CHARLESTON, W.Va. — Gov. Jim Justice announced a pair of tweaks Monday to the colored-coded map that will help determine if schools can offer in-person instruction and take part in extra curricular activities.
Justice said at his Monday media briefing the changes came after further discussion about the map’s metrics over the weekend.
The first tweak comes in the area of how workers in congregate settings who contract COVID-19 will be counted. Justice said the positive cases for workers at jails, prisons and nursing homes will be counted as one full case.
“Although they are at one nursing home and they got this at one nursing home, yet they still go out into one community and we can’t put our arms around them at that nursing home,” Justice said.
The metrics originally were counting staff members as just a half case. The map will continue to count positive cases among residents in a congregate setting like nursing homes and jails as one case per facility.
Justice said the second tweak will sync up the state’s map to the Harvard model when it comes to cases per 100,000 population with the exception of the green category going from 0-7 to 0-3 cases.
The map now reads green 0-3 cases, yellow 3-9 cases, orange 10-24 cases and red 25 and above. All based on cases per 100,000 in population.
The changes put Boone, Mingo, Lincoln and Taylor counties into the orange category Monday just a few cases away from further restrictions being placed on school activities. Logan County remains the only county in the red.
The numbers are determined on positive COVID-19 cases in a county during a seven-day period that resets each day.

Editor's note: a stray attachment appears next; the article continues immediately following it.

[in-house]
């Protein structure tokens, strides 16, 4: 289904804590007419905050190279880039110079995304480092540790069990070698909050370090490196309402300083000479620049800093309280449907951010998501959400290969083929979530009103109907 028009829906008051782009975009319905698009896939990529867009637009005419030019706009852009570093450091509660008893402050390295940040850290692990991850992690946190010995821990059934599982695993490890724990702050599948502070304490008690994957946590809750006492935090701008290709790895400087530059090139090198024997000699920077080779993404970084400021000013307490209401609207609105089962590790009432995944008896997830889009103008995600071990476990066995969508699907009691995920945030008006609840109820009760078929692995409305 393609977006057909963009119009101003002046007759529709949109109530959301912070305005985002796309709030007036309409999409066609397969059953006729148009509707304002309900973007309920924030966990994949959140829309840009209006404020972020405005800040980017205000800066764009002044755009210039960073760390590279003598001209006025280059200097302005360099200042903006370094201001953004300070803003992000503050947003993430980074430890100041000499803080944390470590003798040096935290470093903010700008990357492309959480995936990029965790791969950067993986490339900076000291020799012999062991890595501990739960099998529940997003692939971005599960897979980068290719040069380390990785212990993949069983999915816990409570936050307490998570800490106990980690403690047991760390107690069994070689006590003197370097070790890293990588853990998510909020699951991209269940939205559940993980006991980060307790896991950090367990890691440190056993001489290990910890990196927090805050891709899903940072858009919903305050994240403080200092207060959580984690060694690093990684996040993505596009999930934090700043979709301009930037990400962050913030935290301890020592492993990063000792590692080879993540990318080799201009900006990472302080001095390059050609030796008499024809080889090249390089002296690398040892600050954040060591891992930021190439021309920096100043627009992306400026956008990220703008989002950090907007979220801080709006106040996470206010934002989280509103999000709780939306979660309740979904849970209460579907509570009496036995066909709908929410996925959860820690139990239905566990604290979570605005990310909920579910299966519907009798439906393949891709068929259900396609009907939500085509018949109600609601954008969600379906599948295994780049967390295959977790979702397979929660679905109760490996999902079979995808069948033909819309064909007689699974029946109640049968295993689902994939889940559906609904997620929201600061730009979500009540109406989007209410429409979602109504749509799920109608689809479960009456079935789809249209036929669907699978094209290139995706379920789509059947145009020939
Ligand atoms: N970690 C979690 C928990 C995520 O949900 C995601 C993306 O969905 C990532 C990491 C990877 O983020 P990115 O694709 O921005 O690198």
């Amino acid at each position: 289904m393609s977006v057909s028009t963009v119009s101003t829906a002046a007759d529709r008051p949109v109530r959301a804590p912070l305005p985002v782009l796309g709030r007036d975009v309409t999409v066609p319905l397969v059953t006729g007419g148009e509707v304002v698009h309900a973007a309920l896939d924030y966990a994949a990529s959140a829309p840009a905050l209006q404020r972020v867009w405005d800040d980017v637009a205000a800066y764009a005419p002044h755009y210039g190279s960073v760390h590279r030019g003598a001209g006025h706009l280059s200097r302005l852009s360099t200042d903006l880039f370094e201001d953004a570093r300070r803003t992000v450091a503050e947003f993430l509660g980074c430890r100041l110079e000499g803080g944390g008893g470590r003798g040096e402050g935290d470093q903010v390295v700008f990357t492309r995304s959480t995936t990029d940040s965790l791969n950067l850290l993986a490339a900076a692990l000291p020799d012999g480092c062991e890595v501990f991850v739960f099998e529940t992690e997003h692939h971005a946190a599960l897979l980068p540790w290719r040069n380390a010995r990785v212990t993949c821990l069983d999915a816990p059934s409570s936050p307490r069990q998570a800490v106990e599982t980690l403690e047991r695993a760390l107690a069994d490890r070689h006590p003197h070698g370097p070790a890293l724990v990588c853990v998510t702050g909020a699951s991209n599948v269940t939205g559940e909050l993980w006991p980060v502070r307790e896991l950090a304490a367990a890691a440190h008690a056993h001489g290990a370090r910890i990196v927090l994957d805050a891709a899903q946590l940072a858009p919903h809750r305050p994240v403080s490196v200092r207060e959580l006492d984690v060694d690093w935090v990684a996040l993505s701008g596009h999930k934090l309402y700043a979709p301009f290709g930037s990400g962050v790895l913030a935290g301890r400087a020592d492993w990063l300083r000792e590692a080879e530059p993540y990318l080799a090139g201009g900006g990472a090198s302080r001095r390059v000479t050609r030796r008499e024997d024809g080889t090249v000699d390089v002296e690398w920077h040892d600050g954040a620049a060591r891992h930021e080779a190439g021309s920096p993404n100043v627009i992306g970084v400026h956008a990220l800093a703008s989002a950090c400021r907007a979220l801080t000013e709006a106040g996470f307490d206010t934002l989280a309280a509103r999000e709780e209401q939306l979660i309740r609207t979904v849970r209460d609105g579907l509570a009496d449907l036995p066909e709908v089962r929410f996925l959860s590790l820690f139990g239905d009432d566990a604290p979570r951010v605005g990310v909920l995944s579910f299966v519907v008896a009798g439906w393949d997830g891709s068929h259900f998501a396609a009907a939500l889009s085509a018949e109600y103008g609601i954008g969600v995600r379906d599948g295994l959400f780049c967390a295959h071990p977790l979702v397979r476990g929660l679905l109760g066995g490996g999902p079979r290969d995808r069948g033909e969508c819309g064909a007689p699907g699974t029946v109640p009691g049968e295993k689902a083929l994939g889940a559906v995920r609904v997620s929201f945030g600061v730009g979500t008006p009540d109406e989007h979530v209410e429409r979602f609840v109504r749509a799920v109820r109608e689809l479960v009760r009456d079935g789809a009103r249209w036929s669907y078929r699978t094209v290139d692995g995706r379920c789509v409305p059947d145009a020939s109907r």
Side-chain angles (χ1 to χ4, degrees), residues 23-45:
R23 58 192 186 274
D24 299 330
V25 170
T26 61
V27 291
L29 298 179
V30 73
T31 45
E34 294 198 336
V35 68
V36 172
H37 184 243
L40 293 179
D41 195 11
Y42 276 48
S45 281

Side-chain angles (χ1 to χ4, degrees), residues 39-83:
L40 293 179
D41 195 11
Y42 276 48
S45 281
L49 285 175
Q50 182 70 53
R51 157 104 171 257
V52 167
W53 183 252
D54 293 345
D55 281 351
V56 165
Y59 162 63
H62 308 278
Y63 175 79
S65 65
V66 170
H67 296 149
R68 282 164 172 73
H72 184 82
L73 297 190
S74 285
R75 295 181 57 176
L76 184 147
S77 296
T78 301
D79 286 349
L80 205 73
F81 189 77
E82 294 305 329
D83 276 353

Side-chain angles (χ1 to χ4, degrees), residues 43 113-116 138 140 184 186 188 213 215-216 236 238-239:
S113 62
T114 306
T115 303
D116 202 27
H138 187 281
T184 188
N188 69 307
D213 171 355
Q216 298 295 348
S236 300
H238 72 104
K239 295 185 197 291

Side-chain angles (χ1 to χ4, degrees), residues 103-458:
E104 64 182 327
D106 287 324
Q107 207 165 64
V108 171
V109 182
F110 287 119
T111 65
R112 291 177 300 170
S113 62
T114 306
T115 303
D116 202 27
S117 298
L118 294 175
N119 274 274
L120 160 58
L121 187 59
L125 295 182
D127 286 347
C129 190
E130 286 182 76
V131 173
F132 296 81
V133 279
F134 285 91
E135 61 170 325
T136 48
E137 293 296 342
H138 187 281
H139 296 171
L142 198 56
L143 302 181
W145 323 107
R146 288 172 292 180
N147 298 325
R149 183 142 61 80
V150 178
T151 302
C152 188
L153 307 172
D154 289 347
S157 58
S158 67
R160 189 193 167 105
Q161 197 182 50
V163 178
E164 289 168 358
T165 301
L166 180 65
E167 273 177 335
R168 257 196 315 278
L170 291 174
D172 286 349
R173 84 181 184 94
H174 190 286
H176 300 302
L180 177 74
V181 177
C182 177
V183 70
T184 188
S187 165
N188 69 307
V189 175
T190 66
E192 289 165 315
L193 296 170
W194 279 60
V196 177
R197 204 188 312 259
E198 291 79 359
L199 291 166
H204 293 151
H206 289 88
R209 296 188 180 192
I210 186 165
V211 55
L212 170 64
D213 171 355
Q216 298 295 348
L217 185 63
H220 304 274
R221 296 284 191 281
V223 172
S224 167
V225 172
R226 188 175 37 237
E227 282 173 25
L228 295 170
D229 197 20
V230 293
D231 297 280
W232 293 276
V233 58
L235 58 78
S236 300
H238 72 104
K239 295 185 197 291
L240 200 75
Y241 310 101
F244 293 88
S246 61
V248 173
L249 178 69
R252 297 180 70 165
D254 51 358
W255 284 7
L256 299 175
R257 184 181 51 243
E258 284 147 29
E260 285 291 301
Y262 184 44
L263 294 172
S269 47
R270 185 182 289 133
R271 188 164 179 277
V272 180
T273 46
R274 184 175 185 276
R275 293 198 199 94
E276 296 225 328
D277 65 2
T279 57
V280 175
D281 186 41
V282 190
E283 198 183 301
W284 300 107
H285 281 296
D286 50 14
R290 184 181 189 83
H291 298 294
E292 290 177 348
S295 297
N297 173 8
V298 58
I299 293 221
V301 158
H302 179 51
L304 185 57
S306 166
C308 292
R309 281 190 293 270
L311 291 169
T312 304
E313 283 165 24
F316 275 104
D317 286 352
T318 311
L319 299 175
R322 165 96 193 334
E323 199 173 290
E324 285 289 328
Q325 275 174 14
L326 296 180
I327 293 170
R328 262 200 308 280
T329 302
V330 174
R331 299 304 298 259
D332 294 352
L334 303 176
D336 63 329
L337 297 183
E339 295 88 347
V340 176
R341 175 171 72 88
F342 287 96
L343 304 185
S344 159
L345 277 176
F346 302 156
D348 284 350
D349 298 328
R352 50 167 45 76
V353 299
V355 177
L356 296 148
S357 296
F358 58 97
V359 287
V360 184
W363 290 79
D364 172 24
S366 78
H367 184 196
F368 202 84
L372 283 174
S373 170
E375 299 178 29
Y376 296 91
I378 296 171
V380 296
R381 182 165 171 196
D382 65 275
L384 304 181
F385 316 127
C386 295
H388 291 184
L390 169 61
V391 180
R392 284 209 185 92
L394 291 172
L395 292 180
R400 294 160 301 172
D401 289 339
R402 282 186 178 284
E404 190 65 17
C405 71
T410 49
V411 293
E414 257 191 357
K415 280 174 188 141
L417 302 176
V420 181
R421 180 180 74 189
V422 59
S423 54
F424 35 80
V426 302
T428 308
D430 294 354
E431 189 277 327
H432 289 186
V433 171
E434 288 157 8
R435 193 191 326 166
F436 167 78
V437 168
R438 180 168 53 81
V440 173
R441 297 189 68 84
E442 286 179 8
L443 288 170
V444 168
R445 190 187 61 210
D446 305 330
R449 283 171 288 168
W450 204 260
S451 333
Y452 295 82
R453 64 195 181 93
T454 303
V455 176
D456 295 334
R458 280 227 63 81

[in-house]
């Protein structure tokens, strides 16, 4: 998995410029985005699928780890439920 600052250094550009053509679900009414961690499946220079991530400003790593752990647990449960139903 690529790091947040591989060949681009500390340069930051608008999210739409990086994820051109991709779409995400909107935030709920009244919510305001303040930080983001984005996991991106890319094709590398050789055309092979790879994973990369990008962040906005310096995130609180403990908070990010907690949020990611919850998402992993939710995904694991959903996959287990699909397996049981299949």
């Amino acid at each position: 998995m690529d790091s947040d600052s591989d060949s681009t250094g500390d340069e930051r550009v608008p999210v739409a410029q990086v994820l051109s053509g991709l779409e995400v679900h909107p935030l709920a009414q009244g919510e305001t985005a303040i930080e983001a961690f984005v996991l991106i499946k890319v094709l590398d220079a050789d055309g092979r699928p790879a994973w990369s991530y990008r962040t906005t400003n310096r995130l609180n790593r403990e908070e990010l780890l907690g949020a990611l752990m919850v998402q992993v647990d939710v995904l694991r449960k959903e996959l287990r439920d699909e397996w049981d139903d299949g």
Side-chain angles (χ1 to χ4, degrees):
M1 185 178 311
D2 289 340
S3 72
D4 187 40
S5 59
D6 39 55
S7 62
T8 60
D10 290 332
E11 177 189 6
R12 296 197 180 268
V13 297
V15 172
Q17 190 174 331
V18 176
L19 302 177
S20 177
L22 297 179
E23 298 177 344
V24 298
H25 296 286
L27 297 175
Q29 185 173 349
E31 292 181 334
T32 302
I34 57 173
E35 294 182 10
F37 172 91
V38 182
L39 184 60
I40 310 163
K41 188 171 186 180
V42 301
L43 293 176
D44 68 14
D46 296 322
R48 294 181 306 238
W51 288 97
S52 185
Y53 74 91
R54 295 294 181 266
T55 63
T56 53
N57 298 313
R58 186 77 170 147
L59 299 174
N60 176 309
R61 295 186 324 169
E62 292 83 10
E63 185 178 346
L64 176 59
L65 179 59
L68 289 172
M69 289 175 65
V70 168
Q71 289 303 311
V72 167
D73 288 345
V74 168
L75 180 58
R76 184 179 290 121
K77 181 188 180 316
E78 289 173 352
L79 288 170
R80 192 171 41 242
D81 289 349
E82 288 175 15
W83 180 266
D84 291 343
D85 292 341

Democratic gubernatorial nominee criticized the metrics Monday before Justice announced the changes.
“He’s treating our people like statistics on a spread sheet. Not like the loved ones, neighbors, family members like they truly are,” Salango said.
Salango repeated Justice doesn’t want to report the accurate numbers.
“That’s what the governor has been doing from the beginning and now he’s using it in the color-coded system in regard to school reopening,” Salango said.
State Medical Officer Dr. Ayne Amjad said the changes came after hearing from residents during the last few days.
“We do listen to the feedback and over the weekend we did hear a lot of chatter. As Gov. Justice stated, we do want everything safe and we do listen,” Amjad said.
State Coronvirus Czar Dr. Clay Marsh agreed.
“What we’ve done over the weekend is continue to think about this, to talk to other people, this is really a public health-driven set of metrics,” Marsh said. “Really no one has ever done this before.”
Justice said the decision to change the map is another step toward keeping unity in the state’s coronavirus response.
“We want to stay together as West Virginians. At the end of the day, you may not think that that has been as important as it has but that driven this state to become the miracle and the envy of the nation because the state, not Jim Justice, the state has stayed together and moved in a positive way,” Justice said.